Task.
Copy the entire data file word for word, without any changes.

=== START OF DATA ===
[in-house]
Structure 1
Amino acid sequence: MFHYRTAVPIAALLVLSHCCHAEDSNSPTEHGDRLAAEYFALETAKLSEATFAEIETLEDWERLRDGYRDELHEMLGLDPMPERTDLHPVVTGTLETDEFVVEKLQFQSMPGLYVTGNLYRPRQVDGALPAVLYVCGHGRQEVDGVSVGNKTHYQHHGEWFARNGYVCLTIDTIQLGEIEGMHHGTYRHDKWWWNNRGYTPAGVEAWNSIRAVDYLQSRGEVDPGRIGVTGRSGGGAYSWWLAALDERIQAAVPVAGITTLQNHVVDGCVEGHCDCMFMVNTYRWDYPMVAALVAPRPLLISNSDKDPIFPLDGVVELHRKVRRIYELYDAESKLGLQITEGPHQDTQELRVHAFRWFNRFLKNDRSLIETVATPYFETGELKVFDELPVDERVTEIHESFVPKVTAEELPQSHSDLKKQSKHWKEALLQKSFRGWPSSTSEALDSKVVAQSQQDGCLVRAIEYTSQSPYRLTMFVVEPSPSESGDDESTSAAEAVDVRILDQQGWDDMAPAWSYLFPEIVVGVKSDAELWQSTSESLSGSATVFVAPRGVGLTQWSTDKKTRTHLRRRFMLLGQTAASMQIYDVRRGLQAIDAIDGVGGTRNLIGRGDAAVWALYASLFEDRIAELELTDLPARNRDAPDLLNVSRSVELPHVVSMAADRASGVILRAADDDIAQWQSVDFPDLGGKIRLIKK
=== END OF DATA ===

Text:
[in-house]
Structure 1
Amino acid sequence: MFHYRTAVPIAALLVLSHCCHAEDSNSPTEHGDRLAAEYFALETAKLSEATFAEIETLEDWERLRDGYRDELHEMLGLDPMPERTDLHPVVTGTLETDEFVVEKLQFQSMPGLYVTGNLYRPRQVDGALPAVLYVCGHGRQEVDGVSVGNKTHYQHHGEWFARNGYVCLTIDTIQLGEIEGMHHGTYRHDKWWWNNRGYTPAGVEAWNSIRAVDYLQSRGEVDPGRIGVTGRSGGGAYSWWLAALDERIQAAVPVAGITTLQNHVVDGCVEGHCDCMFMVNTYRWDYPMVAALVAPRPLLISNSDKDPIFPLDGVVELHRKVRRIYELYDAESKLGLQITEGPHQDTQELRVHAFRWFNRFLKNDRSLIETVATPYFETGELKVFDELPVDERVTEIHESFVPKVTAEELPQSHSDLKKQSKHWKEALLQKSFRGWPSSTSEALDSKVVAQSQQDGCLVRAIEYTSQSPYRLTMFVVEPSPSESGDDESTSAAEAVDVRILDQQGWDDMAPAWSYLFPEIVVGVKSDAELWQSTSESLSGSATVFVAPRGVGLTQWSTDKKTRTHLRRRFMLLGQTAASMQIYDVRRGLQAIDAIDGVGGTRNLIGRGDAAVWALYASLFEDRIAELELTDLPARNRDAPDLLNVSRSVELPHVVSMAADRASGVILRAADDDIAQWQSVDFPDLGGKIRLIKK